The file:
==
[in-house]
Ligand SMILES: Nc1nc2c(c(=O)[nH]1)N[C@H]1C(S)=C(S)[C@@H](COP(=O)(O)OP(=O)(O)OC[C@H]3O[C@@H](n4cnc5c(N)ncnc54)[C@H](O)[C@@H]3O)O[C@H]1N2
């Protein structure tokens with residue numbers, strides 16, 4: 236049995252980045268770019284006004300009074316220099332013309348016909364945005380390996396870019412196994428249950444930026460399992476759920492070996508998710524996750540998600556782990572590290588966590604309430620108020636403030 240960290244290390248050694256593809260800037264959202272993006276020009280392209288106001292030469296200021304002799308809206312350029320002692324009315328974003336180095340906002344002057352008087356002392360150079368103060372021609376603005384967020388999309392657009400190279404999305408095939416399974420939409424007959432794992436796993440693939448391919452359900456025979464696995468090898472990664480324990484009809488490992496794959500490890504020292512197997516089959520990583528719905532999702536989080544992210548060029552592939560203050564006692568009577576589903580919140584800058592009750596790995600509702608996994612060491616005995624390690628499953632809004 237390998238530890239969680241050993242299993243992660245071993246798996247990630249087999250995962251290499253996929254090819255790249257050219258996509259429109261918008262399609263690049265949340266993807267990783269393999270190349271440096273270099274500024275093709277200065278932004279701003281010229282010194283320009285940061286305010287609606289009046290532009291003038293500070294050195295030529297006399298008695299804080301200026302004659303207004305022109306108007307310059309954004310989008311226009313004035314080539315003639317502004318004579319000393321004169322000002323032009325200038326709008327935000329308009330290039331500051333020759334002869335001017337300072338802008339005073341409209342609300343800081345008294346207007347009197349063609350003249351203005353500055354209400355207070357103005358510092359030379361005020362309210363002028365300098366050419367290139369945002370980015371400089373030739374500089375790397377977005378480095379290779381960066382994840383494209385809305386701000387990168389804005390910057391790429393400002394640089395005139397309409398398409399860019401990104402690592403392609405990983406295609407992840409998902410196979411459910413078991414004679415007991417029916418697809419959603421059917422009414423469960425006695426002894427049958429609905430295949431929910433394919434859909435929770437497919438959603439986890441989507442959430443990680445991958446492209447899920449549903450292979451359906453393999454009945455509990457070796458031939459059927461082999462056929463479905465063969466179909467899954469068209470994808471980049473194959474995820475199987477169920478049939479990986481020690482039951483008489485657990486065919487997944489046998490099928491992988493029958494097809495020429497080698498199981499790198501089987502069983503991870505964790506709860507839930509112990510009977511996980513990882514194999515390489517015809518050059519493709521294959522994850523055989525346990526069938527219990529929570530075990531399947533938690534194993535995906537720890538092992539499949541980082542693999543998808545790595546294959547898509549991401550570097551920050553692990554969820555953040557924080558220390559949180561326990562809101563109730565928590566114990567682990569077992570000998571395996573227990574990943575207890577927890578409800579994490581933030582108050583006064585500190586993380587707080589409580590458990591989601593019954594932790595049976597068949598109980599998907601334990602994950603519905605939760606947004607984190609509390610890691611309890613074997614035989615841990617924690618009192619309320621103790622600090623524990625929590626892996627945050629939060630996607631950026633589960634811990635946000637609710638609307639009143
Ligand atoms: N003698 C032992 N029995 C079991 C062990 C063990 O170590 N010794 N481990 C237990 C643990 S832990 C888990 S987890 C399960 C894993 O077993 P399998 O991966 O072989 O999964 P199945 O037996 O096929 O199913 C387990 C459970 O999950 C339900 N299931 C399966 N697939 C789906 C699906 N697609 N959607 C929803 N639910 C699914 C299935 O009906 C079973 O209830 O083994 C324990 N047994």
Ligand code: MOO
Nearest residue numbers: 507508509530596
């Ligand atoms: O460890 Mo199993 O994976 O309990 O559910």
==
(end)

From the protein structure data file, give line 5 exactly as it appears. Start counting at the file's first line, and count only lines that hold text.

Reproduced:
Ligand code: MOO